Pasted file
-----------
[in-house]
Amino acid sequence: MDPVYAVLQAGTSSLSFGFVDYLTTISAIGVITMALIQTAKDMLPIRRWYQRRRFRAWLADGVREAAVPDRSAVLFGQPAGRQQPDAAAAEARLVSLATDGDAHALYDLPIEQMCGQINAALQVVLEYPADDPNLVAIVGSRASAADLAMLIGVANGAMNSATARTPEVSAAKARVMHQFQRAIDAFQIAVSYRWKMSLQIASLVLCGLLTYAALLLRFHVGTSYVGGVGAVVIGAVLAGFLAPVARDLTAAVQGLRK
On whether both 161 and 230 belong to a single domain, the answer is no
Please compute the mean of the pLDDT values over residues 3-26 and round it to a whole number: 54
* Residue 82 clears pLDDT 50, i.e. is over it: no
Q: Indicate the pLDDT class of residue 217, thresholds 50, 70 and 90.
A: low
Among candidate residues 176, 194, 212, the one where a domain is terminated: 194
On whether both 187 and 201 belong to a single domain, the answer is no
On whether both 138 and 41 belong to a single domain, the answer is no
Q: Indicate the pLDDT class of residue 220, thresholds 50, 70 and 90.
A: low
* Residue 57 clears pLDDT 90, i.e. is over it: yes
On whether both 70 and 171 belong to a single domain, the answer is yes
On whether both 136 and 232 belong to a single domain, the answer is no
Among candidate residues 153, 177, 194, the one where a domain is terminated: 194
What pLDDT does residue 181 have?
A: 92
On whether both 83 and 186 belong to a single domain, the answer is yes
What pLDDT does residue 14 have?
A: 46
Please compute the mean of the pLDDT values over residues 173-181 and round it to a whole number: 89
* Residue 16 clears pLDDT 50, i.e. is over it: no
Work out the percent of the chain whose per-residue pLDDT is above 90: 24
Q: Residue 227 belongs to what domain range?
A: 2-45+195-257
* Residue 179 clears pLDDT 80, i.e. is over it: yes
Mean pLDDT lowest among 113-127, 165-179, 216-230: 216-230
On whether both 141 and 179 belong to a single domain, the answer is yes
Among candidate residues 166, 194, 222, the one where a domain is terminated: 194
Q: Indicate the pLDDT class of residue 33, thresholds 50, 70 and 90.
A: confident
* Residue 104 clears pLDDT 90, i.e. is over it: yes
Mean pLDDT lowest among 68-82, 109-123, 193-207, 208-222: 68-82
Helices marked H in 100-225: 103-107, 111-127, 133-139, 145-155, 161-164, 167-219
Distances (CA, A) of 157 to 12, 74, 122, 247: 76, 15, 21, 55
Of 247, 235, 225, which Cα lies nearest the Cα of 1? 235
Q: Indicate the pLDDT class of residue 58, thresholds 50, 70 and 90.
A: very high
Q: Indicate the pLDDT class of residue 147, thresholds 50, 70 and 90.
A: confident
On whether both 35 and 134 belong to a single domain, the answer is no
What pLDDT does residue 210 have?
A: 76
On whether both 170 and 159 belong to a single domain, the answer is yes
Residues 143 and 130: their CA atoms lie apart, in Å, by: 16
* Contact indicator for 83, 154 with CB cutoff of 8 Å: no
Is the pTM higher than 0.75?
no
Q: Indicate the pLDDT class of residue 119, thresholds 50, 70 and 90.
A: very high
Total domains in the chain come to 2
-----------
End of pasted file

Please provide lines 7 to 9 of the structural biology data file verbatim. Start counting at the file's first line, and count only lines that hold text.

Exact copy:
A: low
Among candidate residues 176, 194, 212, the one where a domain is terminated: 194
On whether both 187 and 201 belong to a single domain, the answer is no